2 BURLEY MEN MOVING. $85/hr for 2 men (no before or after travel time charges on local moves. Please call Scott or Joshua, (250)686-6507.
JUNK BOX- We Do All The Loading
JUNK REMOVAL 7 days / wk. Fast Service, Best Prices!! Free quotes. (250)857-JUNK.
BIG BEAR Handyman. Painting, household repairs. Free estimate. Barry 250-896-6071.
PARRY’S HAULING We haul it all - FREE estimates. Call Shawn 250-812-7774 SAVE-A-LOT HAULING Furniture, appliance, garden waste, we take it all! Always lowest rate, senior discount. Brad 250-217-9578.
DONE RIGHT MOVING $80/hr. Senior Discount. Free Est’s. No travel time before or after. BBB accredited. Call Tyler at 250-418-1747.
PAINTING A PROFESSIONAL Woman painter. Karen Bales Painting & Wall coverings. Over 25yrs exp. Free est. 250-514-5220.
Written Guarantee Call for details Budget Compliance
15% SENIORS DISCOUNT
PLUMBING EXPERIENCED JOURNEYMAN Plumber. Renos, New Construction & Service. Fair rates. Insured. Reliable, friendly. Great references. Call Mike at KNA (250)880-0104. FELIX PLUMBING. Over 35 years experience. Reasonable rates. Call 250-514-2376.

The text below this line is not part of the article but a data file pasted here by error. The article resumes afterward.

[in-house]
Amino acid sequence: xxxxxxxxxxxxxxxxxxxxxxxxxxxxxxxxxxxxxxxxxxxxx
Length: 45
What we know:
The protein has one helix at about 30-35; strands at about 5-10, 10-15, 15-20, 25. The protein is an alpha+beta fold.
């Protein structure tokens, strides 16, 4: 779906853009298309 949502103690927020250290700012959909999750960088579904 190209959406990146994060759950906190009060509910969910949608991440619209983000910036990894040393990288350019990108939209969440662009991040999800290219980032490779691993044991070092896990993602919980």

DREAMING OF A New Career?
STUCCO/SIDING PATCHES, ADDITIONS, restucco, renos, chimney, waterproofing. Bob, 250-642-5178.
TREE SERVICES BUDDY’S TREE SERVICESTrimming, pruning, chipping, removals, hedges, lawn care, Insured. Keith, (250)474-3697.
MOVING & STORAGE
ABBA EXTERIORS Gutter cleaning & repairs. Seniors discounts. WCB, Insured. Free estimates. (778)433-9275.
HANDYMAN- Light maintenance. Leaky taps, caulking, stain fabric/floor removal, electrical outlets & switch. Call (250)818-2709.
DRIVEWAYS, WALKWAYS, Decks, etc. Reasonable rates. 250-744-8588, Norm.
UPHOLSTERY UPHOLSTERER work. Your fabric 250-480-7937.
WINDOW CLEANING DAVE’S WINDOW Cleaning. Windows, Gutters, Sweeping, Roofs, Roof Demossing, Pressure Washing. 250-361-6190.
Use our community classiﬁeds Service Directory to ﬁnd an expert in your community
A18 • www.vicnews.com OPEN HOUSE DIRECTORY
Real Estate Victoria
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Friday,November November 22,21, 2013 - OAK BAY NEWS week beginning 2013 Page 17
OPENHOUSES Published Every Thursday
Oak Bay 250-370-7601 Victoria 250-483-1360 Westshore 250-391-2933 Sidney 250-655-0632 Chatterton Way 250-479-0688 www.vericoselect.com
Find more details on the Open Houses below in the Nov. 21 - Nov. 27 edition of Real Estate Victoria 4-3981 Saanich, $329,900
Sunday 2-4 Century 21 Queenswood Realty Brian Meredith-Jones, 250 477-1100
1752 Armstrong, $774,900
302-1121 Oscar, $259,000 Saturday 2-4 Re/Max Camosun Roland Stillings, 250-744-3301
Saturday 1-3 RE/MAX Camosun Mark Lawless, 250-744-3301
Sunday 2-4 Newport Realty Matt Eide, 250 704-9949
Sunday 2-4 Brown Brothers Real Estate Robert Young 250 385-6900
Saturday 1-3 Royal LePage Coast Capital Realty Doug Poruchny, 250-474-4800